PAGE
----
A Denver drag queen is doing her part to sweeten people's mood during the pandemic.
Pastry chef Martin Howard, aka 7-foot drag sensation Chocolatina, Queen of the Dessert, is delivering pies all over the Mile High City. In addition to freshly baked goods, customers get served a live performance — socially distanced, of course.
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Howard moved to Denver about 3½ years ago from New York, where he plied his delicious trade at notable restaurants like Rainbow Room and Brasserie 8 and garnered awards from Chocolatier magazine and the James Beard Foundation. He had started working for a catering company but had to restrategize in the wake of Covid-19.
"It's just so up in the air, this catering business, you never know," Howard told NBC affiliate KUSA of Denver. "The parties cancel real quick, or the numbers drop a lot."
In July, he posted a picture of a raspberry-rhubarb pie he made for some friends on Facebook, and the response was overwhelming. That's when inspiration struck.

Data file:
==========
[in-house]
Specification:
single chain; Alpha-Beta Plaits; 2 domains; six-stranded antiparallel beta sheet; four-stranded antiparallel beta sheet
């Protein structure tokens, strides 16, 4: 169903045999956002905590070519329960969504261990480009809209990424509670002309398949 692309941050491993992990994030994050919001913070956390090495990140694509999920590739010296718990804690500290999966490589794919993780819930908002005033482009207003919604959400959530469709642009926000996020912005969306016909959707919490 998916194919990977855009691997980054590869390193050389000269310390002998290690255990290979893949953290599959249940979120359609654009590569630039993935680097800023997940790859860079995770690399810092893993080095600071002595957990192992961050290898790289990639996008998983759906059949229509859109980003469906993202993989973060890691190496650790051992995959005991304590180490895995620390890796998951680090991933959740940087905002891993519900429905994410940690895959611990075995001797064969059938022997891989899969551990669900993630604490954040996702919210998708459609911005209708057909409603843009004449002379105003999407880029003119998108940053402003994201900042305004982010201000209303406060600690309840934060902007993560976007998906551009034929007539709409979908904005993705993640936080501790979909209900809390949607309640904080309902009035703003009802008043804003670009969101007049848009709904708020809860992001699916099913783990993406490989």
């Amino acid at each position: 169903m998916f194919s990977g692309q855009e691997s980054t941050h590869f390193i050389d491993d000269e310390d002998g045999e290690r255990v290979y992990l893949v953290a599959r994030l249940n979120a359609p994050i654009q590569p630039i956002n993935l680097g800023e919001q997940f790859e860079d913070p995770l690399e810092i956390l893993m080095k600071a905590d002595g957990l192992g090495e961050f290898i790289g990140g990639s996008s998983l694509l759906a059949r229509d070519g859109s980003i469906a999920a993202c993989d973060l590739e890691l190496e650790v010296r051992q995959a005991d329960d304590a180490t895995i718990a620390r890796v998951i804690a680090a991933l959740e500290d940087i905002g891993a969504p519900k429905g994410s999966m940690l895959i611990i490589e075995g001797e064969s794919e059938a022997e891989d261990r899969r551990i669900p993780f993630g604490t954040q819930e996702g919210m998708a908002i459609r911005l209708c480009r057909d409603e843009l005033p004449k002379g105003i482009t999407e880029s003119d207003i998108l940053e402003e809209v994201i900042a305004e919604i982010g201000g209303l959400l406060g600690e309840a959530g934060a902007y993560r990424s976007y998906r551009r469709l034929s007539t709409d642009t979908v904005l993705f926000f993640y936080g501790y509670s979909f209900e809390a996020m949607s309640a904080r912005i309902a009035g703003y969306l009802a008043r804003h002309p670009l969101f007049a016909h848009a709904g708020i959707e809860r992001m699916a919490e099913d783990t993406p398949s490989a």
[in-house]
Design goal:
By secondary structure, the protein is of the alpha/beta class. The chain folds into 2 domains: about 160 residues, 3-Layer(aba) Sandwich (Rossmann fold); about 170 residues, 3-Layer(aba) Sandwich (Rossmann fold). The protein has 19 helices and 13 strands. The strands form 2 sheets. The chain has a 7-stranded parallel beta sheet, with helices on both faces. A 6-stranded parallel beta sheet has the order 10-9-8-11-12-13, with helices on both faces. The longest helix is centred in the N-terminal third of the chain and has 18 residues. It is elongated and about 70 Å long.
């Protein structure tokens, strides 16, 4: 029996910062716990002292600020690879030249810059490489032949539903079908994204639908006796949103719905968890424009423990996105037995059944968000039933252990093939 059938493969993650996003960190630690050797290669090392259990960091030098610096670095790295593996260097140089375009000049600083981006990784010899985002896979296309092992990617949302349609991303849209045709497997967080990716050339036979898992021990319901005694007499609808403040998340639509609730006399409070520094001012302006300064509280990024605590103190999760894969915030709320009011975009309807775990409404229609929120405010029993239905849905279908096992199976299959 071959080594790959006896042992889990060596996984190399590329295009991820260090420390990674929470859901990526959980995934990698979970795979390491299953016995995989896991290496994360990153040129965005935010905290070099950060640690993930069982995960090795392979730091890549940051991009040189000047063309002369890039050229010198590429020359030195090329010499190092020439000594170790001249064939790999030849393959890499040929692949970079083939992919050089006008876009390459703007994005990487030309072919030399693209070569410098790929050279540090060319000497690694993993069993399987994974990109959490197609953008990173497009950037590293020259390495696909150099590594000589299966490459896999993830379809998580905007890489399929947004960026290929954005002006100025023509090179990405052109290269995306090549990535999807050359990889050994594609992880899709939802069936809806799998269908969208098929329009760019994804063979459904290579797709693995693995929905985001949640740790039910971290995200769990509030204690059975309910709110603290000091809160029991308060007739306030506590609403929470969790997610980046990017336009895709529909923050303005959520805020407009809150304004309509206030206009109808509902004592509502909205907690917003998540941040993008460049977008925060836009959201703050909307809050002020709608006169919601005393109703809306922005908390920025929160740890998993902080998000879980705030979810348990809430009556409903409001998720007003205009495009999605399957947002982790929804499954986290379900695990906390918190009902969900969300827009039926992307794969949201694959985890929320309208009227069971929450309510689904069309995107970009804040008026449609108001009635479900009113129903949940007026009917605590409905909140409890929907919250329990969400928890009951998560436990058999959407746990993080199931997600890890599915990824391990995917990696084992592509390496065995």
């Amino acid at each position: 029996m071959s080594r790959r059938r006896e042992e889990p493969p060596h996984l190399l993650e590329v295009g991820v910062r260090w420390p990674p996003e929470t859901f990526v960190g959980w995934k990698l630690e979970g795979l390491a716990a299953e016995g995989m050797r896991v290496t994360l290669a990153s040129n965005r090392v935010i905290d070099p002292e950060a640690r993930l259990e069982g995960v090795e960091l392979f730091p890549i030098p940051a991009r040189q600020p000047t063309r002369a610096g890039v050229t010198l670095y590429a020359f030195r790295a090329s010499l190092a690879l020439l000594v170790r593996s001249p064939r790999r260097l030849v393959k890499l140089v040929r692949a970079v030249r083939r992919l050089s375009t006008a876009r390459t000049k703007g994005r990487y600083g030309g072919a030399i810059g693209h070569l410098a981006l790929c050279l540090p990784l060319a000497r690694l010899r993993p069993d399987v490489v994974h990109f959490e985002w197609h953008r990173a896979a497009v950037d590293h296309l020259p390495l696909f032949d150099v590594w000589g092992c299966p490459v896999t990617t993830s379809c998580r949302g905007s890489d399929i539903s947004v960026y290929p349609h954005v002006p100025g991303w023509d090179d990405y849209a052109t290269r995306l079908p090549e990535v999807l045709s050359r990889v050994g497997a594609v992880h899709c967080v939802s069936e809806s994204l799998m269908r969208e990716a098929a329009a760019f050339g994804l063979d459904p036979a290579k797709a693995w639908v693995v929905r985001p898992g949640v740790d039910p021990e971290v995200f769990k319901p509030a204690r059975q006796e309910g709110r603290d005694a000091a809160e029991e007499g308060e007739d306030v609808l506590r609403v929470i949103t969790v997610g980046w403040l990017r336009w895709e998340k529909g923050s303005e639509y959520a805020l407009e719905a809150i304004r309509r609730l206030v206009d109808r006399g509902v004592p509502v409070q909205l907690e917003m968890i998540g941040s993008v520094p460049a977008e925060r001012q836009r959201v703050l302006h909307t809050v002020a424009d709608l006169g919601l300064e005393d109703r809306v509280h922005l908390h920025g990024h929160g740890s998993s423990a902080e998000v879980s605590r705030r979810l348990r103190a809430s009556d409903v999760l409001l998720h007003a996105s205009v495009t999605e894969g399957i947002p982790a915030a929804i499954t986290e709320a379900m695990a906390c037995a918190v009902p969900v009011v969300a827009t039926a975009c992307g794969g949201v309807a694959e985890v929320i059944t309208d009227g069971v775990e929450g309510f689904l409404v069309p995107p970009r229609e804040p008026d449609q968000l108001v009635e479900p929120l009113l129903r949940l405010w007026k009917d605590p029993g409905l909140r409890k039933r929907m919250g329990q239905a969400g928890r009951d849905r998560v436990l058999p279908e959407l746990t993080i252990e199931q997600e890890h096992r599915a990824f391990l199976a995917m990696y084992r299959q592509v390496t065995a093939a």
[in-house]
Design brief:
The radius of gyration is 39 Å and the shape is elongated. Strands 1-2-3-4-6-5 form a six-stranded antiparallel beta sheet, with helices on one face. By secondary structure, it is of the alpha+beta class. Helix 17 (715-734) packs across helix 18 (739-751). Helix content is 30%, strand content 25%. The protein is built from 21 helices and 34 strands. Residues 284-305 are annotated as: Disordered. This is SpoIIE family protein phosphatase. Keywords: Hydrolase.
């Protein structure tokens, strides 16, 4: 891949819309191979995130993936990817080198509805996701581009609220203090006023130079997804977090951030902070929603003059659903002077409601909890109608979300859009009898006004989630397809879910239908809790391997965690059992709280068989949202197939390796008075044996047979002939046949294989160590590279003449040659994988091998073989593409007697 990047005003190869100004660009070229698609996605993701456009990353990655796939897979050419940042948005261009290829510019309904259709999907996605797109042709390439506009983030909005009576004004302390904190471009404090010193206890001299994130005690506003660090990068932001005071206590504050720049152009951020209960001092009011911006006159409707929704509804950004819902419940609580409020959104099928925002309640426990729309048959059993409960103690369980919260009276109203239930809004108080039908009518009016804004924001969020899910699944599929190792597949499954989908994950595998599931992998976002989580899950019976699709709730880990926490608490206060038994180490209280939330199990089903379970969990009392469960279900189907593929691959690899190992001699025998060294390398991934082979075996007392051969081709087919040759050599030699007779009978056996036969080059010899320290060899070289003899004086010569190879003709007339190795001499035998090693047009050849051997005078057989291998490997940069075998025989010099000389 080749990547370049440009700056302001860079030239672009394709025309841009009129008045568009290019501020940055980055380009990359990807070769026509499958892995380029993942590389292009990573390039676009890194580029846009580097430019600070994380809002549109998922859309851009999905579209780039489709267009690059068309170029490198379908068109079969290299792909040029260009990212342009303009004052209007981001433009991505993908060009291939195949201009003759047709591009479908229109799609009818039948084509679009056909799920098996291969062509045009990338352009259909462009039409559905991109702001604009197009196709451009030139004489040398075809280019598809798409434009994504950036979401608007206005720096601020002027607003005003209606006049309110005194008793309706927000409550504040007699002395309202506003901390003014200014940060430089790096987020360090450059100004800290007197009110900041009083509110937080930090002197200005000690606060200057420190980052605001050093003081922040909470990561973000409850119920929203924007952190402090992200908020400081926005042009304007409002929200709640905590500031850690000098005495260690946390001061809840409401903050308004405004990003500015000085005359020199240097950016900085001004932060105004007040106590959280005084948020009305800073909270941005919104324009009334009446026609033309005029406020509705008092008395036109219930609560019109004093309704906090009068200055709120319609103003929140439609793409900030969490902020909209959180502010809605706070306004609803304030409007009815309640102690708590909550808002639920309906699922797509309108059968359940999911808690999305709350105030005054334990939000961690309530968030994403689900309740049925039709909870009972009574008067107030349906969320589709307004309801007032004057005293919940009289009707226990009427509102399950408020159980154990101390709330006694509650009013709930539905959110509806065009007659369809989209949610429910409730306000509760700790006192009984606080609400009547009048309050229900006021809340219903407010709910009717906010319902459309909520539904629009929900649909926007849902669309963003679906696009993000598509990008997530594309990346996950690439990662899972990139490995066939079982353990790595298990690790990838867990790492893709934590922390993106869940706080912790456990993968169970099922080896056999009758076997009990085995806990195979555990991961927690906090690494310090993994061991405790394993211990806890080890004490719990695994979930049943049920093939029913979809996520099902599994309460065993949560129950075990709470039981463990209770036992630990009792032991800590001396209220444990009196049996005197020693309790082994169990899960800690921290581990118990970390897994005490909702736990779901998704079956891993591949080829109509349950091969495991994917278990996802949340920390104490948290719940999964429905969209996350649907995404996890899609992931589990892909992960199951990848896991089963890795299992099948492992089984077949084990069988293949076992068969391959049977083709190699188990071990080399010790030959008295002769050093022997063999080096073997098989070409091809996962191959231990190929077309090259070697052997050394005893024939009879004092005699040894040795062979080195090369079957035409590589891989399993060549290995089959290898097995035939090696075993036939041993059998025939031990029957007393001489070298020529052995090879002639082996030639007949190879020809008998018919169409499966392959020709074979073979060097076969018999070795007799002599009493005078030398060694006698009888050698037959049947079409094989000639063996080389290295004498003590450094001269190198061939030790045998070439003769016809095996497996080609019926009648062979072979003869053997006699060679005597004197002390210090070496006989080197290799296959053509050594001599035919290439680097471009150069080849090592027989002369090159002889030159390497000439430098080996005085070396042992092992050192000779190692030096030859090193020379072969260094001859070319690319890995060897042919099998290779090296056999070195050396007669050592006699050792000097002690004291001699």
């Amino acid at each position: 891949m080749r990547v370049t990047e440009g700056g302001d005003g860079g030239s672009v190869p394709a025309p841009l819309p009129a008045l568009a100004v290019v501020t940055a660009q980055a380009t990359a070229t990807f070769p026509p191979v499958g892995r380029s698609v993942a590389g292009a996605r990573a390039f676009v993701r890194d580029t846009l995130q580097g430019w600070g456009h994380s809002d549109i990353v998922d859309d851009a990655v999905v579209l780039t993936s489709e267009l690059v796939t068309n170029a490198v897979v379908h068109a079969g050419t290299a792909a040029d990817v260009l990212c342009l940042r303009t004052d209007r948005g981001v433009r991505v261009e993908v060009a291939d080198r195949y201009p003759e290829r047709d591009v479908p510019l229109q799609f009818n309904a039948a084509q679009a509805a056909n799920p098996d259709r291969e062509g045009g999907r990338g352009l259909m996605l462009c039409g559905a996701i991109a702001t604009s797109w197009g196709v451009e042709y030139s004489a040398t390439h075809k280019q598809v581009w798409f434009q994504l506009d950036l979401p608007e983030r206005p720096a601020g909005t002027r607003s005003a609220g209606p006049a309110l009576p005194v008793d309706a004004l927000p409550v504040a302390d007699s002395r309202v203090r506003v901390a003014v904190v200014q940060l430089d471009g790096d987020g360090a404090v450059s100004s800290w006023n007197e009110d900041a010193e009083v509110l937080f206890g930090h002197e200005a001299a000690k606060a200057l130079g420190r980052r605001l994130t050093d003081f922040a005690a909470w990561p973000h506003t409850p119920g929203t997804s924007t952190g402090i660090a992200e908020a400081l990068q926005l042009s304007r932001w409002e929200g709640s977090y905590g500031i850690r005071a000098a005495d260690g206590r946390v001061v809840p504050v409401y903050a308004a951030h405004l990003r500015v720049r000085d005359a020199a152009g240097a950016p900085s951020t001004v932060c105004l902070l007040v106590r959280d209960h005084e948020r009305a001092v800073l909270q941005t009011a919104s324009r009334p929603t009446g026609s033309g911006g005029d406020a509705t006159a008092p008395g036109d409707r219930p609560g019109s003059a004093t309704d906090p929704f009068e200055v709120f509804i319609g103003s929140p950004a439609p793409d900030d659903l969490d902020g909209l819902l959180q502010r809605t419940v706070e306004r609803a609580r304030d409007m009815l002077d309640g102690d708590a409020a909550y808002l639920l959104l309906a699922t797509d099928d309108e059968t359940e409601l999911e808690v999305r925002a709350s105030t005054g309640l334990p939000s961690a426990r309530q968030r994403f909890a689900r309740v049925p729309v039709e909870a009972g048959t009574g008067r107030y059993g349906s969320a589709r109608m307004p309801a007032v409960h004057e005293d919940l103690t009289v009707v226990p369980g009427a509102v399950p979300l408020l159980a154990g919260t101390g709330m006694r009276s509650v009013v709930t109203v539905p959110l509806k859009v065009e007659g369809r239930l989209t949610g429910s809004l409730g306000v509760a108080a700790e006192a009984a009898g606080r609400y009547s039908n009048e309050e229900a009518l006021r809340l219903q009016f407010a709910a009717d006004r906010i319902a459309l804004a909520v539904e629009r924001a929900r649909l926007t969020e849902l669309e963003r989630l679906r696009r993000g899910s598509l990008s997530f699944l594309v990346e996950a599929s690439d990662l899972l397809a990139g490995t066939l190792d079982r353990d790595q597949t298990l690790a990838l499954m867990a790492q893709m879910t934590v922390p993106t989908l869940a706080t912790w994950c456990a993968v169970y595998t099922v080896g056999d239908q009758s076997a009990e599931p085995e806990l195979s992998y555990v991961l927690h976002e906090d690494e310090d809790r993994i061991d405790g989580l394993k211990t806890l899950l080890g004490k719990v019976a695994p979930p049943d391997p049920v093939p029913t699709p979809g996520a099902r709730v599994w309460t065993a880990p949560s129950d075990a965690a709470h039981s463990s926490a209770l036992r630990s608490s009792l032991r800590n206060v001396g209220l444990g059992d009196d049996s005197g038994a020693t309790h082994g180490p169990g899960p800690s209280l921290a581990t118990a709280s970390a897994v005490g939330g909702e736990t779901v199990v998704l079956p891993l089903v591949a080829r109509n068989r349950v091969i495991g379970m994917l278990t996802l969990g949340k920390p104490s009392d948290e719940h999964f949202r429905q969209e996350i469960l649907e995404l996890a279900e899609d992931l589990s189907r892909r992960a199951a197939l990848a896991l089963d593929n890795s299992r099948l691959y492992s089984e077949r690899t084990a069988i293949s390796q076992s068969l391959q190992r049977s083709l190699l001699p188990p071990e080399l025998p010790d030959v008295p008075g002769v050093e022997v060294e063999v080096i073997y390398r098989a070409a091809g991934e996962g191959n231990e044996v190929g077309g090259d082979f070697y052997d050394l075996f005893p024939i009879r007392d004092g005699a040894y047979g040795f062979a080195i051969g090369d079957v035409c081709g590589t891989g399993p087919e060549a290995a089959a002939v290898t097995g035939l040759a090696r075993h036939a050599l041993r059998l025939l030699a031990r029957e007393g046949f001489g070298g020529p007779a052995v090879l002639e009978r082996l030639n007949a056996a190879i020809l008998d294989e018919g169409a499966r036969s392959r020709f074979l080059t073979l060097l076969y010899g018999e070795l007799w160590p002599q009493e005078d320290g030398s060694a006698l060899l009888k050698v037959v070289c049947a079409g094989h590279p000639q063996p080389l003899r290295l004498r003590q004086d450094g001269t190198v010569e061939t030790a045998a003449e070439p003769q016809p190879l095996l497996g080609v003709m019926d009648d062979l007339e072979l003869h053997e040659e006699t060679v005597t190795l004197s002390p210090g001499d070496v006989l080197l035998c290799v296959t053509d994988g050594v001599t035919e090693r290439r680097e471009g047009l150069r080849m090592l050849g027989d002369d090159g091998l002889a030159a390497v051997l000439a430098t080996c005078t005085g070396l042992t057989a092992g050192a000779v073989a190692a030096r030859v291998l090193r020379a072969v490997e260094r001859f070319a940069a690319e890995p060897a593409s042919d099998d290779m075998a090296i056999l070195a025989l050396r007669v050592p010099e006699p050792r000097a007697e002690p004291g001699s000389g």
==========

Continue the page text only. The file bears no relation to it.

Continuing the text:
"I'm going to be a drag queen and sell pie," Howard said.
Howard, who has been performing as Chocolatina for over a decade, had also been hosting Sunday drag brunch at a Denver café, but Covid-19 put an end to that, too.
"With Covid, you can't perform inside. It's, like, 25 feet and a mask," he said, "and that's impossible."
Outside, however, is a different story. For $100, customers get a "party package" — two 6-inch pies, two quiches and a song — at an outdoor area of their choice.
"Pie is a comfort food, and in these times people are definitely craving comfort food," he said.
Deliveries are usually on Saturdays, and Howard posts the pie menu on Facebook, along with the neighborhoods he's heading to.
It's part of a growing trend of drag queen delivery during the pandemic, one that includes the "Meals on Heels" program from San Francisco's Oasis nightclub and Sunday "drag-livery" from Fresca's Cantina in Queens, New York.
Business has been booming for Chocolatina, and, weather permitting, Howard routinely sells out. His pies range from traditional offerings, like pumpkin and pecan, to more unique wares, including apple-cranberry, pear-huckleberry and black plum.
"For me, it's great, because I've got a live audience no matter how small. They are just starved for entertainment, because there is no live entertainment anymore," he told KUSA. "It's just a win-win for everyone. It makes them happy, it makes me happy — there's pie, and that makes people happy, as well."
This story first appeared on NBCNews.com.